Saturday mornings are for the farmers’ market. I thought my nascent cardigan might look fine reposing among the fresh produce and, for the sake of the composition, the bottle I saved from the best wine I’ve tasted since the Brunello we brought back from Montalcino in 2003.
The Red Russian kale went into an experimental Indian-esque dinner in the following way: I sautéed half a yellow onion in olive oil, added a can of chick peas, then stirred in some chopped fresh ginger, a Murchi curry blend (I went a little overboard and it wound up pretty hot – a couple of teaspoons would have done the trick), a handful of unsweetened coconut shavings, and a dash of hot pepper flakes. I removed the kale “backbones” and roughly chopped the leaves, then threw them into the mix. At this point I needed some liquid to keep it all from sticking. There happened to be some apple cider (sweet, not hard) in the icebox, so I poured in a slosh of that. Then I noticed our growler from the local brewery was in there, too, and still had a glug of flat pale ale in it. Into the pot it went, to counteract a little of the sweetness of the apple juice and deepen the flavor a bit. As soon as the kale had steamed it was done. I shaved a little ricotta salata over the plates to serve it, on the theory that the mild, salty cheese could stand in for proper paneer. It turned out pretty tasty! I often cook this way, starting with a good fresh main ingredient and improvising based on what happens to be in the cupboards. Sometimes the result isn’t what I could hope, but mostly it works out well. And luckily my husband is a good sport about it (not that he has an alternate choice, unless he cooks himself).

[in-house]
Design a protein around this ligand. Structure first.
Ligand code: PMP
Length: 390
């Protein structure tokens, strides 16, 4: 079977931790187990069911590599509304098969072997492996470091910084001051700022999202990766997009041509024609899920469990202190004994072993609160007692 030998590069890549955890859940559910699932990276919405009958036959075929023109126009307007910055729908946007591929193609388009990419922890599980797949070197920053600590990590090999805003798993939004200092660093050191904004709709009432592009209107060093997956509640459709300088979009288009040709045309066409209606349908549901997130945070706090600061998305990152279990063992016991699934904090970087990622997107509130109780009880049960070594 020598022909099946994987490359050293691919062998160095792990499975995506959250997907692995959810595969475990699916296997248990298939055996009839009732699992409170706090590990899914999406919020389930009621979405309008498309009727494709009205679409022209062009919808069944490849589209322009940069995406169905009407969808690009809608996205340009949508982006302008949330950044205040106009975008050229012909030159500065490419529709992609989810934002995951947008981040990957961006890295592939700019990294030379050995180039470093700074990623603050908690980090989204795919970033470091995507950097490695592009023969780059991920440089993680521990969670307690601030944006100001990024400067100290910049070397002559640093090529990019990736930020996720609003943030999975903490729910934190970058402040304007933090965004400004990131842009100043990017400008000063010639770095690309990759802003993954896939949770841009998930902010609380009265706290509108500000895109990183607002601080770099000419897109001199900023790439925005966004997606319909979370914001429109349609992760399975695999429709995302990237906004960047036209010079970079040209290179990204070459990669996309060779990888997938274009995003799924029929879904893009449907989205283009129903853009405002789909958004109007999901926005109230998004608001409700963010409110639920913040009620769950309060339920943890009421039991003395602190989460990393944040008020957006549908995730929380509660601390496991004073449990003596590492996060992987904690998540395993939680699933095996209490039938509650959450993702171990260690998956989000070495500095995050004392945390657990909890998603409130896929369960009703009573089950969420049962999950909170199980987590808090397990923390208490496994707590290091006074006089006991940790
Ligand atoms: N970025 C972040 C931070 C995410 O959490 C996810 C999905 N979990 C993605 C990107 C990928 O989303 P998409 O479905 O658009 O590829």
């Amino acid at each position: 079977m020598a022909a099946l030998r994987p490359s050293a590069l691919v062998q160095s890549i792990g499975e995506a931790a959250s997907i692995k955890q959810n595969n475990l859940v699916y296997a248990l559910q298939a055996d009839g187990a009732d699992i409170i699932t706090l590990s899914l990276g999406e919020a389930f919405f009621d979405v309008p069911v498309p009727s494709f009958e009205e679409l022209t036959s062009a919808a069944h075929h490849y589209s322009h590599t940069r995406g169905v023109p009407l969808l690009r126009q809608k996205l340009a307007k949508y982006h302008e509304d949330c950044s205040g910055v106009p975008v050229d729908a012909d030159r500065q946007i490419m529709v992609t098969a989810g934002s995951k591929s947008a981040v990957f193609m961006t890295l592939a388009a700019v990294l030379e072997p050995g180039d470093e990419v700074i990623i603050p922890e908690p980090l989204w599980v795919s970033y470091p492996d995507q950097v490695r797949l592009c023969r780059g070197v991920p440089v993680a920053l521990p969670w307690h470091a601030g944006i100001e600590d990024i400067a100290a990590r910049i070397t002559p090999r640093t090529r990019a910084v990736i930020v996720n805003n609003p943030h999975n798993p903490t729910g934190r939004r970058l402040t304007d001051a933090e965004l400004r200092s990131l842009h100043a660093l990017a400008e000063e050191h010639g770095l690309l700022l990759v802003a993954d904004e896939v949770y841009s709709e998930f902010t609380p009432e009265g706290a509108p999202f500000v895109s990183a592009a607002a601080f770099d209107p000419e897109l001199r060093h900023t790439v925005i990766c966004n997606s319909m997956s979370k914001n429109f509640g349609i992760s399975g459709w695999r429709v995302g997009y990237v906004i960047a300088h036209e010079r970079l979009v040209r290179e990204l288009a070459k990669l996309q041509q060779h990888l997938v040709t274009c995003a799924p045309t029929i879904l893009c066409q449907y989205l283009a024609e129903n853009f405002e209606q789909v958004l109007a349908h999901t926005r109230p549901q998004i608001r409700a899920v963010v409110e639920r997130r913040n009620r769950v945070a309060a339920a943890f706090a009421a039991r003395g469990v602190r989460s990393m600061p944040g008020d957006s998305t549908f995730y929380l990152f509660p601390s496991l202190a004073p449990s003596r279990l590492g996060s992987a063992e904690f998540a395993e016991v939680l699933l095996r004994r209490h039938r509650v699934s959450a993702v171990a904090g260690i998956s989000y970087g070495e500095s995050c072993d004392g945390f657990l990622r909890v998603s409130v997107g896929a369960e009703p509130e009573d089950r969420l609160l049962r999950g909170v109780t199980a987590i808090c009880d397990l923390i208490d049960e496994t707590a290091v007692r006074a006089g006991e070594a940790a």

We also bought raspberries, and unfortunately Mr. G figured he could dispense with their little boxes and pour them all into a plastic bag. The fragile little beauties promptly squashed each other and I knew they wouldn’t last out the day. We ate a bowl each, and then I made freezer jam. The half a cup of mashed raspberries left over went into a fruity cocktail each:
I adapted an internet recipe and it came out a bit too strong and too sweet, but here’s what I’d do next time:
half a glass of crushed ice
1/4 c. mashed raspberries
1 Tbsp. sugar
1 measure light rum
a slice of lemon
Today the chard, spinach, courgettes, and summer squash will join a trio of eggplants in a couple of pans of lasagne. One will be for us and a friend who’s coming to dinner; the other we’ll freeze for our friends who just brought home their beautiful new son.
Meanwhile, the Tour continues, and so does my progress on the yellow cardigan. If this piece of knitting has its equivalent of the Pyrenees, that’s where I am, right along with the cyclists. Two more rows and I can put the sleeve stitches on waste yarn, but those rows are awfully long. The Alps will be the part where I have to pick up stitches and work a 1 x 1 ribbed edge around the whole body, but luckily I’ve got a couple of flatter stages in between to race down the rest of the cropped torso. Overall, I’m feeling good about my chances for the maillot vert!
Of course, there’s going to be a major interruption in my focus on this piece. Pro riders are required to report their whereabouts to the team leadership even during the off-season, so I’ll follow suit: on Thursday I’m leaving for Meg Swansen’s Knitting Camp in Wisconsin, and I’m perfectly giddy with anticipation! I may have to put down the yellow cardi for a couple of days, but I intend to be knitting constantly for four days. And I’ve got a project in my head that will employ the techniques I need to work on at Camp without sacrificing the French connection – stay tuned! I’m off to wind the yarn I have to pack and do some weeding before the sun comes fully over the trees to bake me.